EU’s optimal digitalisation
In addition to the enforcement of competition rules, the EU is already active in addressing the challenges posed by these new technologies: in July 2023, a Communication on Web 4.0 and virtual worlds was published, while in December 2023, the European Parliament and the Council reached a political agreement on the Commission’s proposal for an AI Act: the first-ever comprehensive framework on Artificial Intelligence was intended to ensure that AI was safe and respect fundamental rights, while fostering innovation.
Virtual worlds are persistent, immersive environments, based on technologies including 3D and extended reality, which make it possible to blend physical and digital worlds in real-time, for a variety of purposes such as designing, making simulations, collaborating, learning, socializing, carrying out transactions or providing entertainment.
Generative AI are systems that generate, in response to a user prompt, synthetic audio, image, video or text content, for a wide range of possible uses; they can be applied to many different tasks in various fields.
Venture capital investment in AI in the EU already reached more than €7.2 billion in 2023; the size of the virtual digital market in the EU-wide is estimated at over €11 billion. These technologies are expected to grow exponentially in the next years and are likely to have a major impact on corporate business structures.
Effective enforcement of EU competition rules is essential to maintain competition in the EU’s Single Market, which is Europe’s best asset in terms of creating jobs and economic growth. These calls for contributions follow other calls carried out in recent years regarding the application of EU competition rules in various contexts. In addition, the European Commission is looking into some of the agreements that have been concluded between large digital market players and generative AI developers and providers. The European Commission is investigating the impact of these partnerships on market dynamics. Finally, the European Commission is checking whether Microsoft’s investment in OpenAI might be reviewable under the EU Merger Regulation.
Digital market act
European digital markets act, DMA establishes a set of clearly defined objective criteria to identify “gatekeepers”. Gatekeepers are large digital platforms providing so called core platform services, such as for example online search engines, app stores, messenger services. Gatekeepers will have to comply with the do’s (i.e. obligations) and don’ts (i.e. prohibitions) listed in the DMA. The main DMA’s legislative text is the Regulation 2022/1925 of September 2022 on contestable and fair markets in the digital sector supplemented by the Procedural Implementing Regulation.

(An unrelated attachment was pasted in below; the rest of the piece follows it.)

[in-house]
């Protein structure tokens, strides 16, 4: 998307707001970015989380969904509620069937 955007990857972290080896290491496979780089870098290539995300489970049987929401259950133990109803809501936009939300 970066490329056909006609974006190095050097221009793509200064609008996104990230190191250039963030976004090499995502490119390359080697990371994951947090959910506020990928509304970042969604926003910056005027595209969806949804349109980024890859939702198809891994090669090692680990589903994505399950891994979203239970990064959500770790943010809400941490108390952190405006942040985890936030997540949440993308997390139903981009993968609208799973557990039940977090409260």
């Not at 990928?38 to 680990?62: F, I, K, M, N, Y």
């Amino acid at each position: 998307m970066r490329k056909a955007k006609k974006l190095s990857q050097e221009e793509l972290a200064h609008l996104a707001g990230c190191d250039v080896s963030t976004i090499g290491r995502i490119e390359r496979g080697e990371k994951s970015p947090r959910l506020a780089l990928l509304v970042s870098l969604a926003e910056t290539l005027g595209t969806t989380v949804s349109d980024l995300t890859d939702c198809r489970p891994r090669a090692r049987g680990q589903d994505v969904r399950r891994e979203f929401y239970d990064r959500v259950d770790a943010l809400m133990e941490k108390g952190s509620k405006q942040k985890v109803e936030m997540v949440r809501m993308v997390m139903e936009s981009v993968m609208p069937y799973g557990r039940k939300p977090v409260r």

The DMA contains the main rules for the designation of gatekeepers and the implementation of the obligations and prohibitions imposed on them; it is one of the first regulatory tools to comprehensively regulate the gatekeeper power of the largest digital companies. The DMA complements, but does not change EU competition rules, which continue to apply fully.
More in: https://digital-markets-act.ec.europa.eu/legislation_en
Following the initial proposal of the European Commission in December 2020, the Regulation was adopted by the European Parliament and the Council in September 2022; it entered into force in November 2022 and become applicable in May 2023. Within two months of that date, companies providing core platform services were obliged to notify the Commission on the “quantitative thresholds” and provide all relevant information, so that Commission would adopt a decision designating a specific gatekeeper. The designated gatekeepers will have a maximum of six months after the Commission decision to ensure compliance with the obligations and prohibitions laid down in the DMA.
In September 2023 the European Commission designated first six “gatekeepers”: Alphabet, Amazon, Apple, ByteDance, Meta and Microsoft; besides, totally 22 core platform services provided by those gatekeepers have been designated too.
On gatekeepers in: https://digital-markets-act.ec.europa.eu/gatekeepers_en; on designated decisions in: https://digital-markets-act.ec.europa.eu/gatekeepers_en